“Till now we have 111 national waterways out of this, we have discovered there are 23 river systems which are feasible for navigation,” he told news agency Press Trust of India.
To promote inland water transport in the country, 111 waterways have been declared as National Waterways (NWs) under the National Waterways Act.
The minster said India’s river systems have a lot of business potential and he urged investors to invest for good returns and explore the untapped potential of this segment. He cited the example of MV Ganga Vilas, the world’s longest river cruise, which concluded its 50-day journey on Tuesday in Dibrugarh with German and Swiss tourists onboard.
Prime Minister Narendra Modi on January 13th had flagged off the MV Ganga Vilas luxury cruise on the world’s longest river voyage from Varanasi to Dibrugarh.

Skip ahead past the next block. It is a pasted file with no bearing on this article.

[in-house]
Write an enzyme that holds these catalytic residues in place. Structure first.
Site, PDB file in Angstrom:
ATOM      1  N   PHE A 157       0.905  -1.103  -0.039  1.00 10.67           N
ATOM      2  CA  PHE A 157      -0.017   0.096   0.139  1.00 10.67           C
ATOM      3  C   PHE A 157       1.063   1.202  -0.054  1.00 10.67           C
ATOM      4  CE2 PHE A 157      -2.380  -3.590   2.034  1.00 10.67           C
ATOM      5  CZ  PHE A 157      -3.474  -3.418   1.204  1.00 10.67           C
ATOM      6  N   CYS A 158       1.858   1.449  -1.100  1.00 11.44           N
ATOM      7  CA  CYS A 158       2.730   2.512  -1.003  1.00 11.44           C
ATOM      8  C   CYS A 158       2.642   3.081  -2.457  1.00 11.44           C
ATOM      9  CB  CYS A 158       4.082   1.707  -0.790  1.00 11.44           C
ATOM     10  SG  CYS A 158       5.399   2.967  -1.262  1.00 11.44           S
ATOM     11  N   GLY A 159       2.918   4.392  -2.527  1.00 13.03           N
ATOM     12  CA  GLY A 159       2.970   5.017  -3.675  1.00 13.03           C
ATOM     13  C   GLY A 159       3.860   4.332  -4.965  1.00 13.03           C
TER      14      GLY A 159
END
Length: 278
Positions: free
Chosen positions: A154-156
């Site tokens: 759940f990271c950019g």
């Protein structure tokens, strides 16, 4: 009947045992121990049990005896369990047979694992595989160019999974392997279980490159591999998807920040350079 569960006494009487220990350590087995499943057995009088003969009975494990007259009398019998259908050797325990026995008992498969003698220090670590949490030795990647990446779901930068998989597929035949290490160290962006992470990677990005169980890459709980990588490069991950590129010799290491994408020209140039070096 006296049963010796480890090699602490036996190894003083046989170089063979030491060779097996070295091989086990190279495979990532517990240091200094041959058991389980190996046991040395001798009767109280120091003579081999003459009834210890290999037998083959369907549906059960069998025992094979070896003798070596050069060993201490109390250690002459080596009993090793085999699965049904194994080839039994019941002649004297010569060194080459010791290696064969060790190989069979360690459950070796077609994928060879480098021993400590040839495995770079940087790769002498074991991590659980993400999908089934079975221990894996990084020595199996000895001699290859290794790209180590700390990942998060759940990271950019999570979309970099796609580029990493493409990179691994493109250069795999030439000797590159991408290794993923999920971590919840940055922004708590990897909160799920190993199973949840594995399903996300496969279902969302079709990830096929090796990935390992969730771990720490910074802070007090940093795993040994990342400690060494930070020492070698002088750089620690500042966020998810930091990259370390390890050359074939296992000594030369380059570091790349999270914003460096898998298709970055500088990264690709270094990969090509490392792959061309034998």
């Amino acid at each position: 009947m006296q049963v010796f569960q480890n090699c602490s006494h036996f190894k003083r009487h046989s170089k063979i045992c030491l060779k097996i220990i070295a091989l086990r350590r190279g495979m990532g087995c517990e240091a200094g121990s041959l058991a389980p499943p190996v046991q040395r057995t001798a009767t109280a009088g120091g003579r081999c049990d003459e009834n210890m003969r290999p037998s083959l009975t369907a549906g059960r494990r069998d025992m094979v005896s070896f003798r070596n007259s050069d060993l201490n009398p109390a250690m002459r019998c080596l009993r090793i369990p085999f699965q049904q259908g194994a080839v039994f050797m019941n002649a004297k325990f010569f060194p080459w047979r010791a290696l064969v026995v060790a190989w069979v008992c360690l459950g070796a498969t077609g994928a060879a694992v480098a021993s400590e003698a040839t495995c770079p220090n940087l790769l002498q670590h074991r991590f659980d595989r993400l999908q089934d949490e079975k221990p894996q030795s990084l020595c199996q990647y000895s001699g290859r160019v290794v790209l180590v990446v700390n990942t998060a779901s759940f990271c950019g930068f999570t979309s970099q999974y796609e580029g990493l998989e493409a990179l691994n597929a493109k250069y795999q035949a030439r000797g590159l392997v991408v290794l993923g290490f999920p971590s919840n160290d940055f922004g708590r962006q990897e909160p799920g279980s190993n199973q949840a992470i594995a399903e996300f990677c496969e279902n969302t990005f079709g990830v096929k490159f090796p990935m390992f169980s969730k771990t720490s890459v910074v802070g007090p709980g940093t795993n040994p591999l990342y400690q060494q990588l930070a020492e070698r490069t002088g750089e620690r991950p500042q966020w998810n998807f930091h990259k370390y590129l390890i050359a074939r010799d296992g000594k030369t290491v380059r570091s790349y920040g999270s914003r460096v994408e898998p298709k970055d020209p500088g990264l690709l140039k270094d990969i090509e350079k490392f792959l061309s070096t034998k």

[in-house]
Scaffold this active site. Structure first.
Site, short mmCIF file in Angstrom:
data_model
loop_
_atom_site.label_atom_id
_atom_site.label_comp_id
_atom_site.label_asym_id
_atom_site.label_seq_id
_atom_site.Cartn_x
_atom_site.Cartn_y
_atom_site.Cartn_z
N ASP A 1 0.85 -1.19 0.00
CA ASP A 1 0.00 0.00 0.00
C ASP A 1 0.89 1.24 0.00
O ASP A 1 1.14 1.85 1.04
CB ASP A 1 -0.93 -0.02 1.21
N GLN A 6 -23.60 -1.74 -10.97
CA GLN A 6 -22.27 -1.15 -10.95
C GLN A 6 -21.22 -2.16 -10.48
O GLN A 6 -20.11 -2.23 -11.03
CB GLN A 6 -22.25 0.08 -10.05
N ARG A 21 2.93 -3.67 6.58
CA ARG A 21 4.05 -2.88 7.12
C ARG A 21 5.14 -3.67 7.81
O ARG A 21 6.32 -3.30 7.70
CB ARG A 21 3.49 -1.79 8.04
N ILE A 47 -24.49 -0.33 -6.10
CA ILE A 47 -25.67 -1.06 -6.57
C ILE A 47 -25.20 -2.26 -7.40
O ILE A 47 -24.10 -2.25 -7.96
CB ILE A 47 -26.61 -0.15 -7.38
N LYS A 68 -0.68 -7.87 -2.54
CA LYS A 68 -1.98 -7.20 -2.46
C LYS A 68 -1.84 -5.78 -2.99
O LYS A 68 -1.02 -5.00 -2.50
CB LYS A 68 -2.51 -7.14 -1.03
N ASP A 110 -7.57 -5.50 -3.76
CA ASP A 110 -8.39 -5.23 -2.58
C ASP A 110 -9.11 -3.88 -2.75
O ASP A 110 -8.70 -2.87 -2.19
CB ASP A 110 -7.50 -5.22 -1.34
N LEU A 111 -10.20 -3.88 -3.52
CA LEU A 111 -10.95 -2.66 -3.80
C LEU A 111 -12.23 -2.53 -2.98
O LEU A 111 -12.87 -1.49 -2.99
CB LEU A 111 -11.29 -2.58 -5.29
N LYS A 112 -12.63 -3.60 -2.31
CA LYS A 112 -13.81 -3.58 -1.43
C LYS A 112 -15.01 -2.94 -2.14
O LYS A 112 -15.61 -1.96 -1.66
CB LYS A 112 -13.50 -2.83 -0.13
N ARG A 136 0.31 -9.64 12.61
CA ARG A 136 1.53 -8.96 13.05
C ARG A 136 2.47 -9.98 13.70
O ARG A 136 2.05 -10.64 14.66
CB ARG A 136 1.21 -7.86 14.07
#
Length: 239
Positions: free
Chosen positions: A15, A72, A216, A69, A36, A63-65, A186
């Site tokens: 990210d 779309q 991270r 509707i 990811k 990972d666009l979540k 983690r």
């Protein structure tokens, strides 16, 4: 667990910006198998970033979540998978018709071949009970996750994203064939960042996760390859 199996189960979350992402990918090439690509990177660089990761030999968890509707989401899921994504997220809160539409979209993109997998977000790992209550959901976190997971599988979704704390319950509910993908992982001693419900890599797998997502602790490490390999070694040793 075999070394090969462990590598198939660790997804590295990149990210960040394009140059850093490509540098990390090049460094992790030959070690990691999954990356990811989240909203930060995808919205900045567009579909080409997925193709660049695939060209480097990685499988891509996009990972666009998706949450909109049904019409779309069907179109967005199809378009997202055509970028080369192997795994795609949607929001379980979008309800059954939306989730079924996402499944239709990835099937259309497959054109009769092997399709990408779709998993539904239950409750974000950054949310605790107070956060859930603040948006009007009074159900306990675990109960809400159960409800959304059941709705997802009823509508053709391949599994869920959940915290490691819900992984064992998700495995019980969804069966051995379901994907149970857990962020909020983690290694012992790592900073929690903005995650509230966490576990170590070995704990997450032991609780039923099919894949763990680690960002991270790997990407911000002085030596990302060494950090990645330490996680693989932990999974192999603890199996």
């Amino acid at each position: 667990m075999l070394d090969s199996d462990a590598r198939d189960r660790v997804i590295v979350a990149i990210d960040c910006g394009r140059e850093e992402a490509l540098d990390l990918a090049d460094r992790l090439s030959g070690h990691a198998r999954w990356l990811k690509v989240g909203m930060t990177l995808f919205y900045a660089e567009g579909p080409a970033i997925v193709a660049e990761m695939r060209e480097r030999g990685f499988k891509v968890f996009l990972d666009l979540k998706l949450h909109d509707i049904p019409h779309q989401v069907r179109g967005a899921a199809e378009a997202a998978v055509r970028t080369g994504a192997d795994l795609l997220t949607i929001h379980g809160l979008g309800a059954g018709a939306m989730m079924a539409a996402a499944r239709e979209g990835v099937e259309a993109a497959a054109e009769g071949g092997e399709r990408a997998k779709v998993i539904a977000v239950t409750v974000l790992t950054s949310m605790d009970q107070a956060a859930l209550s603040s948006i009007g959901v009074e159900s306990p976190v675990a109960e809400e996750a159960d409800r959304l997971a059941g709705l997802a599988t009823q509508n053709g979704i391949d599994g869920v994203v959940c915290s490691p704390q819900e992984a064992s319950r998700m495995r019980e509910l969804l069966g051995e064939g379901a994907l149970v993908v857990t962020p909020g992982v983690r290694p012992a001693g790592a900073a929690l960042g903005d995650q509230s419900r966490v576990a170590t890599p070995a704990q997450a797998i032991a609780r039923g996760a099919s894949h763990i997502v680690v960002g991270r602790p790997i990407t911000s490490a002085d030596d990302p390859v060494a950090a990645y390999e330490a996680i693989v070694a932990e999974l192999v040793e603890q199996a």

India is eyeing an investment of ₹35,000 crore by 2047 to create a network of waterways in the country, Sanjay Bandopadhyaya, chairman of the Inland Waterways Authority of India (IWAI), told ET earlier. The plan to be implemented over the next 25 years will include developing waterways and jetties to improve the navigable capacity of Indian rivers.
The minister said a lot of development will happen along the river Brahmaputra, that will create jobs in large numbers for the people. In Dibrugarh, the construction of a multi-modal cargo terminal will begin by 2023-end. Under the government’s ‘Arth Ganga’ model, small jetties would be set up along the Ganga to energise economic activity along river banks in Uttar Pradesh, Bihar, Jharkhand and West Bengal. This will bring down the logistics cost for farmers in the movement of local produce.
Bulk cargo like coal, fly-ash and iron ore are found economical and cost-effective for movement through Inland Water Transport (IWT) which is environment friendly and less pollutant mode of transport than rail and road.
The waterways minister also cited an example how waterways will bring down the logistics costs and also benefit the environment. The state-owned company unloads it at Haldia port in West Bengal from where it transports it to Dibrugarh in Assam through trucks. “The movement is through 500 trucks daily which creates pollution. When it is brought through the river system. It will be cheaper and greener,” Sonowal said.